"Self insights roadblocks and detours on the path to knowing myself. The there was something in the book that just cracked me up. Which you don't normally get in an academic book Your special and it turns out now. Most of us are not special and we are wholly unaware of that. We've been told MOST OF OUR LIVES. How specially are tell us why so few of us are actually special. Well the problem is that Well if you look at the complete person each of us is special but if you put us in any situation or any circumstance where most mostly going to act like everybody else. Most of us are average. Most of us are average. Most of us are typical In any specific circumstance so if you aggregate all that all of who we are together we yeah. We are a special but when it comes to specific situations no or not special and so what that does leave people with. Though I is a people do have this idea that they are unique that they are exceptional and as a consequence. They can't yes. I'm just doing the check boxes. Yup Right of course absolutely and so what that means is that It turns out people have a good rough understanding of human nature. I'M NOT GONNA say it's perfect. That's by work but they do have a good understanding of human nature. The mistake they make is that they think they stand outside that nature that they are different. They're special that they're special. So for example we've done studies we asked There's going to be a food drive at your campus Let's say in a month. We'll you contribute to it And what percentage of people contribute to it? They're pretty good at nailing. The percentage of people on their campus are going to contribute to the food. Drive the rather good. These sort of figure at the situation is they can think about their experience. They come up with a good answer and that answer turns out to be right but when we asked them. Okay what are you GONNA do? Are you going to contribute? They way over estimate how much they're going to do the right thing. They're going to do the good thing that they're going to do the social thing Basically because they understand how the situation external forces will Prompt people to donate into not donate but they think they stayed outside those forces for them. It's just simply a decision. Do I want to donate or not and a lot of people want to donate so. Yeah I'm going to donate it. Turns out when the time comes. No they're subject to all these external forces that push against donation as was pushed for donation. So they they turn out to be typical just like everybody. Else so let. Let's talk about a related topic Again from the book about moral fortitude. You tell the story about being on radio show Around the time of the Clinton Peach Mint. I must trump impeachment. But this is this is twenty plus years ago The radio host goes off on a tirade about infidelity. And the more if you and failings of other people and you had at your fingertips a bunch of research about how everybody's expectations of their own moral superiority sort of fit into the dunning Kruger framework. We think we're much better at that than we really are. Oh that's true. That is because when you move to the moral domain the domain People definitely have this holier than thou attitude. I won't do it but other people will do it. If it's bad for example I would never Cheat on my beloved but other people of course are going to cheat on their beloved And it turns out. We did a number of studies down infidelity. But rather will you vote We'll be charitable you trade Will you Obey traffic laws For example and it turns out that people wildly overestimate themselves. That is a overestimate. How moral ethical and good they will be relative to what they think about other people and they also overestimate how moral and good. They're going to be relative to the reality When we actually Test either them or an equivalent group of people so The question for us is people tend to believe they're morally superior. Are they making a mistake about other? People are being too cynical about other people. Are they being too optimistic about the self and it turns out to be to my surprise and this is completely the reverse of what I expected people wrong about themselves exactly because they think they're special But so so. They're not being cynical about the rest of humanity. They pretty much have them nailed. They just think they're better than everybody. That's right with maybe one or two exceptions People are surprisingly accurate About the general rate about human nature in general how other people are GonNa be buffeted around by external forces? They just think they're for themselves are exempt from those forces. All right so we have. Meta cognition issues when we're trying to do a specific task that requires skills. There's a similar issue with our own sense of self an ethics and moral turpitude What other areas are subject to the Dunning Kruger effect? Well what else there might be. But is that everything is in no thoughts in action and everything else is leftover. No there's also the future if you think so people are also over optimistic about their prospects if you will really oh absolutely That is People really underestimate how long it's GONNA take to complete projects The underestimate Or how long it's GonNa take for their business to be profitable They When they're thinking about the future they tend to base their planning and their ideas on the most optimistic scenario rather than the most pessimistic scenario or maybe even the most realistic scenario so There are things we missed not only in terms of competence and character but also about our prospects. So how do we explain that I could imagine? I could concoct a lovely narrative tale as to why having an optimism bias is good for the species. Even if you're the guy from cave seventy three that doesn't come back from the mammoth ons. Everybody else has foreign meat for the winter. Or is this just a crazy narrative story or is there some evolutionary component to a well there isn't evolutionary component to it in a D and adaptability component to it? But it's complicated so the fact that people commit to things far too optimistically really does create those things. I mean Books written Businesses are developed movies are made Even though the people who start them out did far more work and are now far more depressed and tired than they ever imagined they would be at the end of those projects but If they had only been prepared for how long it was GONNA TAKE. They probably would come up with a better product. A better business in a better book So things get made But people will fail or they won't produce really what they're capable of producing very interesting all of which leads to one big question which is why do we seem to make the same errors in judgment. Is it something about the way we learn? Is it something about our fragile egos? Why as a species are we unable to get by some of these fairly obvious flaws? Well I think there are two things involved. One comes from the holier than thou work. Witches were overweight in our intentions and the powerful personality to produce things that that's part of what's going on when the power of our personality represent Becau- well I will do this because I want to do this and I That is part of. That's something that we overestimate. The other is the competence ankle. Which is we really. Don't know what we don't know and when Rumsfeld unknown unknowns the world is filled with unknown unknowns and And we don't know well not only do. We not know them. We don't pay attention to the fact that we don't know them. I mean too many people out there the idea of unknown unknowns still novel concept But it is something that Run now they don't know what they don't know but there is a lot of work showing that people just don't pay attention to what they don't know when they're making predictions or when they're planning things out they don't sit back and ask. Okay what is it that I don't know here? What Still Open What are the possibilities? That I'm not considering only that am I considering the fact that there are unknown unknowns and I should be planning for that possibility so you mentioned earlier planning i. I saw something kind of interesting around January nineteenth of this year. That's the date. When most people's New Year's resolutions fail does that sound remotely plausible. Or is it just Something else from the Internet surprised that our resolutions last that long. Oh really no kidding. So so why that raises the next question if we have all the best intentions and we want to fill in the blanks. Stop Smoking Exercise Lose Weight. Whatever it is. Why is it that when we make these sorts of plans all as a group on the same date every year? I can't imagine why would that not work well. It doesn't work because the world is waiting for US. In some sense it does have is unknown unknowns and it does have external forces that are going to defeat us and what we tend to do is we tend to focus on our plans. What am I going to do What are my intentions? What are the steps that I'm going to take what we really should do is interview? People tried to do this before and find out what the real difficulties are. They're going to be many difficulties that we haven't anticipated They're going to be many difficulties that we don't know about And not only that. There are probably tricks strategies tactics plans. We can make that. We wouldn't think of but someone else has thought of them and they actually work so we actually consulted with people who've Travel the road before us. We would do a much better job. I think anticipating The difficulties we have lionhead as well as being better armed with strategies that have a better chance of success all right so let me push back on that a little bit. The Diet Industry is like a twenty six billion dollar sector of the economy and they all have the magic Bullet and yet everybody in this country seems to be increasingly overweight Diabetes is a problem. There are all these weight related issues if we could speak to other people and have that conversation who have been successful. How does that work given the vast numbers of people Who Need Assistance? Losing Weight That's a very good question by the way evolutionary. This is a very novel task for. Having extra weight is a good thing if you have a shorter lifespan. We now live beyond that APP. That adaptation I think cholesterol was a big problem. Ten thousand years ago. That's right and probably wasn't a big problem. Even up to one hundred years ago getting calories was the up to very very recently So as a species we are dealing with a very novel task In trying to lose weight I think that There are some common sense that People can do But one of the things they can do is reset two things. The first is. What's a realistic Outcome in terms of losing weight But also having more realism in terms of how much effort And how much time is going to take to get there for example And also into things more in terms long term as opposed to the short term. I mean a lot of people think. How do I lose weight this month? Now the question is. How do you keep the weight? How'd you lose weight and keep the weight off for years and years and years But I think as a certainly society I think it's taking awhile for the collective wisdom to form because it does turn out to be a particularly difficult task so my I go for an annual physical every year my gp is also a cardiologist. And he's one of these old school doctors when they're don't the tests you go into their office you sit down and you have a conversation and we go through everything. It's all good and he says you have any questions for me. I'm like yeah I'd like to drop a few pounds. What do you suggest? And he very conspiratorially looked over each soul shoulder and then lean forward and whispered to me he less food and I'm like doc you know there's a giant industry who's whole purposes to not share that advice but it turns out to be good advice. Yes so eating a little less food. You can loosen wait. It's it's It's quite fascinating and yet it's hard to do than you would imagine then certainly than I imagined. No I think that's right. Well certainly in the United States. It's harder What I think is interesting now. This isn't psychology is. That's just my personal. Life is every so often spent time in Germany And I always lose weight in Germany without even trying. And why is that? Do you not like bratwurst and beer or Well a German cuisine is more than that not much more by the way I do more than that but it's all A lot of Schnitzel. When you don't know anything else to save choice It's a safe choice but I think most Well in Germany. The portions are small There the rest of the world portions of small. That's exactly right and that's an issue Most of the calories in Mueller conveyed by the sauce in the inevitable beer. You're going to drink right or the wind. You're going to drink There's also much more walking. Oh really bike riding. Yeah but can you walk off that many calories? I mean if you're Michael Phelps sure but for the rest of US. We're not putting in three hours a day of of sweating certainly true but if you just walk.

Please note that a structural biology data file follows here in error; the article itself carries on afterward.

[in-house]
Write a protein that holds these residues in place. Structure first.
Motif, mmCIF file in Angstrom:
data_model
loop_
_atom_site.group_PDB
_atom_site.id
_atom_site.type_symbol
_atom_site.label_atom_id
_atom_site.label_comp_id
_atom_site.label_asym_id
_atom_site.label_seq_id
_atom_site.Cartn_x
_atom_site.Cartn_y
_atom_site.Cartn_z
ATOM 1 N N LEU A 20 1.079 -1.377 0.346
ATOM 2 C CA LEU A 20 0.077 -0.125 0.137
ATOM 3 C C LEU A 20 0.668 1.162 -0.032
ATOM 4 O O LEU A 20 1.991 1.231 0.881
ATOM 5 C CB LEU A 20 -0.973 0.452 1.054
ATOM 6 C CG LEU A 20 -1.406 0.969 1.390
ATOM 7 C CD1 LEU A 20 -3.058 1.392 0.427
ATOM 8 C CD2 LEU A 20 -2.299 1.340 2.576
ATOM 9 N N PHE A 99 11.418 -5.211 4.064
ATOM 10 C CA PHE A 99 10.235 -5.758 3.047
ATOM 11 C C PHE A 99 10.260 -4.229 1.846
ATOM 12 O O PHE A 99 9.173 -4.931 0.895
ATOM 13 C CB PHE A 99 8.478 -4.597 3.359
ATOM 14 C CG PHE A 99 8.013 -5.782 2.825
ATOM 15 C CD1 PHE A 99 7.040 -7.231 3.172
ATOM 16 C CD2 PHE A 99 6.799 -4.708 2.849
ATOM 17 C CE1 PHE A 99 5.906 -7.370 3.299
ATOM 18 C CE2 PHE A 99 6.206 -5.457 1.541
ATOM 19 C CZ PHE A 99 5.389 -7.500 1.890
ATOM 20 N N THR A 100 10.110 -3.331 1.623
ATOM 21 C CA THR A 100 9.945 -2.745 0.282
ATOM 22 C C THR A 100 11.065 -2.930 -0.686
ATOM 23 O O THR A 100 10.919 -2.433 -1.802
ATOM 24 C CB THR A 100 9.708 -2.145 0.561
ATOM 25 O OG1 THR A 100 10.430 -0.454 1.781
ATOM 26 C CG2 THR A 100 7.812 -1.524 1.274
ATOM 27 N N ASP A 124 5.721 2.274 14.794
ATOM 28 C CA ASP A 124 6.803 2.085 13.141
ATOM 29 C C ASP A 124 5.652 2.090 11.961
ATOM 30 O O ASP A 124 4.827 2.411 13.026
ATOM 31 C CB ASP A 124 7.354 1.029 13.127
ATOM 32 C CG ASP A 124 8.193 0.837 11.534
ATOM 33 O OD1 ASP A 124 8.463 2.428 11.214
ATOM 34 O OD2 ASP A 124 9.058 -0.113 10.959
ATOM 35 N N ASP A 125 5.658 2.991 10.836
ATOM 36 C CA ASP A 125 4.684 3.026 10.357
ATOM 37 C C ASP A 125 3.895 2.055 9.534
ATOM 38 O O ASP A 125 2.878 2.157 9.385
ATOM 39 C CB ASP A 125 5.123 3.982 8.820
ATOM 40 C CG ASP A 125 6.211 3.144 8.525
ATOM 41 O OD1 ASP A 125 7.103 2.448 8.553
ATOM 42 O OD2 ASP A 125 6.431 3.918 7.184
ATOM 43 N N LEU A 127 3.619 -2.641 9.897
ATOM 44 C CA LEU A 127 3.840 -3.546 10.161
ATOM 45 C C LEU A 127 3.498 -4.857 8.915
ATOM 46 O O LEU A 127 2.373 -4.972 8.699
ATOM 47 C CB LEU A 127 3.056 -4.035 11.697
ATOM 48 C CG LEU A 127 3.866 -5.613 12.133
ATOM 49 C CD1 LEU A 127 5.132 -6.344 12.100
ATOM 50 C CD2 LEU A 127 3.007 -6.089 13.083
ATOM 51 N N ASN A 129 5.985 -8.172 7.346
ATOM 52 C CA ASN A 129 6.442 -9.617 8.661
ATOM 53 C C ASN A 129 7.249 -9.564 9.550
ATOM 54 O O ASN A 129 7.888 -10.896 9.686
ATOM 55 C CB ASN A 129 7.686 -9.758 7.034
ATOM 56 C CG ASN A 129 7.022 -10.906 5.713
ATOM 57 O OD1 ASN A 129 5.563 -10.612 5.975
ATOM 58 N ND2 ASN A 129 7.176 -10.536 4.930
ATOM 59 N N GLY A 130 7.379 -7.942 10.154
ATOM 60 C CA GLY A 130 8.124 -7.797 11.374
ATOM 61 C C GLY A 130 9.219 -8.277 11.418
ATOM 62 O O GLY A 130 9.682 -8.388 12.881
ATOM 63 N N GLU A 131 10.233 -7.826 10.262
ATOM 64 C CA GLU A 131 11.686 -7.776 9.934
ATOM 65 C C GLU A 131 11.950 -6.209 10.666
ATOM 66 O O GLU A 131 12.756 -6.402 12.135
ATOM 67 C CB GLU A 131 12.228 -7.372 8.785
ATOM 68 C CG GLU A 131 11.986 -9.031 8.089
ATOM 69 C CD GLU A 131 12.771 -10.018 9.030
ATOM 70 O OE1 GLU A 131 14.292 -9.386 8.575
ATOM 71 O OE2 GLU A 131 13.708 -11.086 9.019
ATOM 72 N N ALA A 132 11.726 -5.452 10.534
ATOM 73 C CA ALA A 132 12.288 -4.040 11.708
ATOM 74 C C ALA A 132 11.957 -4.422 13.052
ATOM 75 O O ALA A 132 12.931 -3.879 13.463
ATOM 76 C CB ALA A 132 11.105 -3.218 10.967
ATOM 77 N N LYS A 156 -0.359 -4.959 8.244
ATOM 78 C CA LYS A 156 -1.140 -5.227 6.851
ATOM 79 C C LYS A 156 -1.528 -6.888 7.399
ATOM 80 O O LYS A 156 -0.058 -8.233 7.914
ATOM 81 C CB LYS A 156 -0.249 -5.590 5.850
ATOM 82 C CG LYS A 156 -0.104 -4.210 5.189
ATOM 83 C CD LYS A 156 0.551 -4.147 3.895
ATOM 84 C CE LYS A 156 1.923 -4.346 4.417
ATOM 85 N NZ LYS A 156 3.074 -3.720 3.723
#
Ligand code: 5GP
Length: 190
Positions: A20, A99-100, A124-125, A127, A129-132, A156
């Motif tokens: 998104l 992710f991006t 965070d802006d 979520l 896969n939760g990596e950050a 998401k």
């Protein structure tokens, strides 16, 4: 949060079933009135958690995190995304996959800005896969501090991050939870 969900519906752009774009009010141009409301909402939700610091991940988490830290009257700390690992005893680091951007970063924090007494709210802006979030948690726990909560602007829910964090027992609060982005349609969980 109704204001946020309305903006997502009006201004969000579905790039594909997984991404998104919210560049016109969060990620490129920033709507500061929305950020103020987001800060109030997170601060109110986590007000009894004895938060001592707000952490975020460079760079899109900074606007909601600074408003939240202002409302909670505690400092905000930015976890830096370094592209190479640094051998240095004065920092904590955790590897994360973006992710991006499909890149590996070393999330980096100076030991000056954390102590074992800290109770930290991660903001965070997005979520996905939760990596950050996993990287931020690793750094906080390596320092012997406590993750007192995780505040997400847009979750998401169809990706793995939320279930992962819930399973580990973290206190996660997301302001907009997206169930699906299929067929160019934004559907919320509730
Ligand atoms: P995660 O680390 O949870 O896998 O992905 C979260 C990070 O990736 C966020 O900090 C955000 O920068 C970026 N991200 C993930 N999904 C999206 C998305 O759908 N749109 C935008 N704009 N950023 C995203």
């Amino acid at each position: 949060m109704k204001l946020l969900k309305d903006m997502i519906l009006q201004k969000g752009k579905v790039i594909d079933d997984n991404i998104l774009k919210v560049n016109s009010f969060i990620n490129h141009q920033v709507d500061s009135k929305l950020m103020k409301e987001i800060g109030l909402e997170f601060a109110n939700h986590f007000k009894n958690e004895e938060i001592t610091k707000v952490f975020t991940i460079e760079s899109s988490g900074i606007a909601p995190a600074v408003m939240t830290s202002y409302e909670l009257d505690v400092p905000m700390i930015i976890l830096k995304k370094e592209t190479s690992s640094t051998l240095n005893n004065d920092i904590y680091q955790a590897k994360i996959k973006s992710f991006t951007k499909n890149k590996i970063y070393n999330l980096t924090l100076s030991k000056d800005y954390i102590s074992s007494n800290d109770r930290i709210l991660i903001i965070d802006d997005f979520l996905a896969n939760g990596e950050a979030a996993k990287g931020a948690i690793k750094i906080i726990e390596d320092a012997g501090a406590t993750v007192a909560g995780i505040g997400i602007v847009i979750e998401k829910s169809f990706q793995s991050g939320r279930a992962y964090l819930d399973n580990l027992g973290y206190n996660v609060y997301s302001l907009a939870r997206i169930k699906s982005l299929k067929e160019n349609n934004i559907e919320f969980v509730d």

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"dunning kruger" Discussed on Masters in Business